Fewer veterinary medicines in European livestock farms

Animal-source foods are increasingly healthy and safe. This is the conclusion of thousands of controls on the production of European livestock farms, from meat to eggs.

Only 1.7 per thousand out of over 600,000 samples examined showed traces of unwanted substances. Sometimes, it’s just environmental contaminants. Almost nothing. These are the results of a huge monitoring work by EFSA, the European Food Safety Authority, that has collected tests for 12 years carried out by all the European Union countries, plus the United Kingdom, Norway and Iceland.

The results recently published in the latest annual report for 2021 highlight the steady and progressive reduction in the number of irregular samples (defined as “non-compliant”). Despite the sample increase, “non-compliances” were lower than in previous years. The presence of environmental contaminants, chemicals, and colourants is also decreasing. Banned substances are practically absent (0.03%).

Absolute Compliance With The Requirements

Scrolling through the report pages, we learn that all countries have met the requirements for the methods and frequency of sampling, a sign of increased sensitivity to this issue. Going into detail, we again note the complete absence of hormones, such as stilbenes. Moreover, antithyroid residues have been reduced compared to the previous year.

These two groups of drugs can have anabolic effects to promote growth. Checks on targeted samples (where irregular situations are most likely found) also showed a decrease in irregularities (0.24% versus 0.27-0.35% in the previous four years). Interestingly, the Netherlands is among the countries where a higher number of cattle treated with anabolic substances were found. At the same time, no case has been registered in Italy.

It could not miss strong attention to the presence of antibiotics for the increasing spread of resistant bacteria. Only 0.14% of the total samples examined showed levels above normal. However, it should be noted that most of these irregularities relate to honey (0.96%). There is virtually no antibiotic residue in European poultry meat, where irregularities were found in only 0.05% of the samples examined.

Italy Top Of The Class

If there are good results at the European level, the situation in Italy is even better. In the case of cattle, our country records the lowest percentages of residues of antimicrobials, veterinary medicines and environmental contaminants, in contrast to France and Germany, where the detection of non-compliant samples is more frequent. The situation is similar for swine, where very few irregularities in Italian samples are in contrast to the most numerous in Germany, France and Spain. No cases of Italian poultry products have been reported.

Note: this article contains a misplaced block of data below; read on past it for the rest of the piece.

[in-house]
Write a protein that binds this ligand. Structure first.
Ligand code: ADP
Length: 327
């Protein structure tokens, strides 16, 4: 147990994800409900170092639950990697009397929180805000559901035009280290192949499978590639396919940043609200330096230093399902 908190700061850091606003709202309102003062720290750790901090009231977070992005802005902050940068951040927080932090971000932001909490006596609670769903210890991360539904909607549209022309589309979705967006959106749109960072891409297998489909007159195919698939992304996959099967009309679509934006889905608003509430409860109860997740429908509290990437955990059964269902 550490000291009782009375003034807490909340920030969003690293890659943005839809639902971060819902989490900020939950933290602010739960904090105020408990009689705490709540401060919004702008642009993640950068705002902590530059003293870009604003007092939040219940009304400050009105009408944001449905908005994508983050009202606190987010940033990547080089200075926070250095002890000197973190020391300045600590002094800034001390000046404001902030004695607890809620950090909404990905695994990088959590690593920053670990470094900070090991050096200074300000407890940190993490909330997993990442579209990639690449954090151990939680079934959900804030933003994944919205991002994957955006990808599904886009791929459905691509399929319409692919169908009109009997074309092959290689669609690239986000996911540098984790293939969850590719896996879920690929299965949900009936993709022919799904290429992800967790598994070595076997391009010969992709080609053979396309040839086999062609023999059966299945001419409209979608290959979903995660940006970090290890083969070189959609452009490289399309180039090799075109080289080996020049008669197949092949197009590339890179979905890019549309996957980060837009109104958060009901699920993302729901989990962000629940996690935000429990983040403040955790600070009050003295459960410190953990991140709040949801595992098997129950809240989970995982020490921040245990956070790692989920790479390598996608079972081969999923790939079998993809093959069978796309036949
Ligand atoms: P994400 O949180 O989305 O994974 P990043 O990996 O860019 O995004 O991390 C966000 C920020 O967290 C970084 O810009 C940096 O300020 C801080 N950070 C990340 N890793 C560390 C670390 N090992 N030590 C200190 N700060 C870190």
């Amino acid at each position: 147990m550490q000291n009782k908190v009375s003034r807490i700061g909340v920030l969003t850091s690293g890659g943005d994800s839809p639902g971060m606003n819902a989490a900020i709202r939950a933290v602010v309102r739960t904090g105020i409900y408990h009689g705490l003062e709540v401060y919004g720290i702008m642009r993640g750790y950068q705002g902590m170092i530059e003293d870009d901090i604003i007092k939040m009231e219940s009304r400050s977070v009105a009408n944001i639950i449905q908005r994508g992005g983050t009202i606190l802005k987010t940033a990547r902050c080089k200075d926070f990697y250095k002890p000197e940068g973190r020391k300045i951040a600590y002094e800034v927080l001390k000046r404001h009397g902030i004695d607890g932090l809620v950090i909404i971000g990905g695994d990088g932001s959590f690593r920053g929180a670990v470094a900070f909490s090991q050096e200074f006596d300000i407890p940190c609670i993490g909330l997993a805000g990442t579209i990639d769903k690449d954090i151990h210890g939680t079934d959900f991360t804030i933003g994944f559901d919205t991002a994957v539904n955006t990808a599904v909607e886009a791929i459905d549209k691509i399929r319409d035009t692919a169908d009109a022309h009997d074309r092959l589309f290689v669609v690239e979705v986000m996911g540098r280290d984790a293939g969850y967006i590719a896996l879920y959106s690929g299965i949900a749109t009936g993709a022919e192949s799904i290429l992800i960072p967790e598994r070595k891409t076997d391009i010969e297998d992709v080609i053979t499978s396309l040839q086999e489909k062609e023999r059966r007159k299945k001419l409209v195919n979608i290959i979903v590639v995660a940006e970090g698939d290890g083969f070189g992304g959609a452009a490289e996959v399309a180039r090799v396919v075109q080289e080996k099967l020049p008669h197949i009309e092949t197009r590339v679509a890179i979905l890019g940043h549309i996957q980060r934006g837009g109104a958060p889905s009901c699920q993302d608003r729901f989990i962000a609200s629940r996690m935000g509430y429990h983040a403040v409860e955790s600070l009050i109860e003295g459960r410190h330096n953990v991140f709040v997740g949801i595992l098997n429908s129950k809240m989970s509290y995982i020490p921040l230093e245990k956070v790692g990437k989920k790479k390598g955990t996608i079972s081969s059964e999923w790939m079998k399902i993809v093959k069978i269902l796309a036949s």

Regarding antimicrobials, we should mention what is being done in Italy to combat the growth of antibiotic-resistant bacteria. A health problem is becoming increasingly worrying and causing unacceptable deaths. A five-year plan following the One Health strategy has been drawn up to address this problem involving human and animal health.

Promoted by the Ministry of Health, the plan recognizes the significant reduction in the use of antibiotics registered in the veterinary field. The confirmation comes from the RNP results (Residual National Plan), where only 5 (0.017%) out of 30 thousand samples examined showed traces above the law.

Once again, European and Italian animal husbandry responsibly respond to the calls of the health authorities in the fight against antibiotic resistance, reducing the use of antimicrobials every year. At the same time, animal products offer excellent safety and health guarantees. Thanks to the capillary control work that begins in the stables and continues throughout the entire production chain without interruptions.

Professional journalist, graduated in veterinary medicine, director of journals dedicated to animal husbandry and editor in chief of journals in the agricultural sector, he has held coordination positions in publishing companies. Author of books on animal breeding, he is involved in the divulgation of technical, political and economic subjects of interest to the livestock sector.